Brian Vera seeks to destroy Rocky Fielding


Brian VeraMatchroom Sports is looking to advance the standing of one of their more promising talents by pitting him against an experienced and dogged operator on June 26th in Liverpool.

Super-middleweight Rocky Fielding (20-0, 11 KO’s) will hold the home advantage over the visiting veteran Brian Vera (23-9, 14 KO’s) whose record undermines his quality. He has shared the ring with some high-level opposition including Julio Cesar Chavez Jr twice, Andy Lee, James Kirkland, Sergio Mora, and Willie Monroe Jr. Granted, most of those were losing efforts, but he never goes quietly and represents a huge step up for Fielding. interviewed Vera after this bout was announced to gauge how he views his latest opponent and how he feels since moving up in weight to 168 lb.

“I feel I’ve got the experience and I feel stronger at 168-pounds. I do well against tall guys. I’m expecting a tough fight, but this is the type of fight I need to get back in the mix. My manager has two of his fights, and I’ve seen bits of him on YouTube. He’s good; he keeps it long, but I feel he is still a little green.”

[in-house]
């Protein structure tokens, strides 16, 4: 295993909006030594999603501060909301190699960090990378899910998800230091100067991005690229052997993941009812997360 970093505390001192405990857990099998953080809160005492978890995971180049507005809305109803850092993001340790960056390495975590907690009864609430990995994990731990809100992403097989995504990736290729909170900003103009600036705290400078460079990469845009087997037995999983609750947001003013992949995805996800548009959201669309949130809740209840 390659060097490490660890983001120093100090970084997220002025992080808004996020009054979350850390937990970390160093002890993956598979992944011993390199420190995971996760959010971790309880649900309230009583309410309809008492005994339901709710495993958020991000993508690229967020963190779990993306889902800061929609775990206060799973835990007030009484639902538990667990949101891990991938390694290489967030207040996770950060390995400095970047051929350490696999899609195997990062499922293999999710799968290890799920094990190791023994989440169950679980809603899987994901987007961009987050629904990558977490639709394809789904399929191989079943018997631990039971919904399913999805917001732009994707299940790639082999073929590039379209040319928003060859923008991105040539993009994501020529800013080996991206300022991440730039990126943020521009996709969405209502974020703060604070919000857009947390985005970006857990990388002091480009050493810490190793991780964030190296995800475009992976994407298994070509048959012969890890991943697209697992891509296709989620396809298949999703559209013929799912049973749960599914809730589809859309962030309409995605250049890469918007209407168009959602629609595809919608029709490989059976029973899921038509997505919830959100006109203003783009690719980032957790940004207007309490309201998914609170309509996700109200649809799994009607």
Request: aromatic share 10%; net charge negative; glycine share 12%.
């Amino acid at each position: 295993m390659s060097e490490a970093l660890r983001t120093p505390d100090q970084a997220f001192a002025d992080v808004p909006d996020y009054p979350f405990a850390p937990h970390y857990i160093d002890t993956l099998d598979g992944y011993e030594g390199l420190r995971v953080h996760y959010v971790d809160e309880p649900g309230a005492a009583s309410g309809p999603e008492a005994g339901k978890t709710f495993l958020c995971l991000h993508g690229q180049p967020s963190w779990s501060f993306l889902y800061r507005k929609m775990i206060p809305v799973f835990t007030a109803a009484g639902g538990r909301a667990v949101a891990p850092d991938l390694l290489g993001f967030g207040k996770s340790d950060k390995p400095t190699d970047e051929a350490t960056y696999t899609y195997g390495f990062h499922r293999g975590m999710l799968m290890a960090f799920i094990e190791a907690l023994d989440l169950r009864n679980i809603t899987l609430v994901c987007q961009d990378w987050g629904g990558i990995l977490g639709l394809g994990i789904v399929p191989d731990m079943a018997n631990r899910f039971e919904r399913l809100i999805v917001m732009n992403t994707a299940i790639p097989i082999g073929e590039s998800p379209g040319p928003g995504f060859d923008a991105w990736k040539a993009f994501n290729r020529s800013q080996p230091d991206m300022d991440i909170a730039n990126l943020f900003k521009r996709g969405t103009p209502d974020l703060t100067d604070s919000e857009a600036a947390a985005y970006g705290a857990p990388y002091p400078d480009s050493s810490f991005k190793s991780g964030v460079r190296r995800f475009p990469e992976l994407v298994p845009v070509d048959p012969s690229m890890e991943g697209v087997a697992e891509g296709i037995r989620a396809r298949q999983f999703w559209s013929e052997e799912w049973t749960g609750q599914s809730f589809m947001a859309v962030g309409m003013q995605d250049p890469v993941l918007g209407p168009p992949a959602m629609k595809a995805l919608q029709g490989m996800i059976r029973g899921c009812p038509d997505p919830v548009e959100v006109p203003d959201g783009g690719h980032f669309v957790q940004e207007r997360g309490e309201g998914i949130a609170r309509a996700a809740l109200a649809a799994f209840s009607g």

Fielding’s resume up to this point has lacked any noticeable names, and he has struggled to get down to the super-middleweight limit on several occasions. There could be a serious disparity in size as well as experience when the two meet at the Echo Arena, but Vera does not expect it to be a problem, believing his more extensive campaign will hold him in good stead.

“I’ve fought quite a lot at 168, and I’ve sparred guys at 168, and I’ve done pretty well there. And I’m older now, so making middleweight was too hard. It’s much better for me making weight at 168. And, if he’s had trouble making weight, it might be better for me if he has to cut [a lot of] weight to make this, but I’m sure he’ll be ready.”

The last thing Fielding will want is to feel weight-drained on the night, but hopefully a big event like this will spur him on to drop those last few pounds that often cause fighters a high level of discomfort. Vera would prefer to drag him into an attritional battle, so he will need all the energy he can get.

“I definitely want it to be a fight, the kind where the fans get their money’s worth. I’m not looking to go crazy in there. I know I’ll need to get inside and bang him up.”

The crowd will undoubtedly want the same thing, but with the action and result favouring the homegrown fighter. This is the kind of test that can often crush the aspirations of an upcoming pug expected to go on to big things. It is easy to take too much notice of a ledger with nine names in the ‘defeats’ column and overlook the quality the work laid down in the process of a challenging career. If Fielding and his trainer Oliver Harrison fail to heed the danger signs here, they will be rebuilding from the ground up.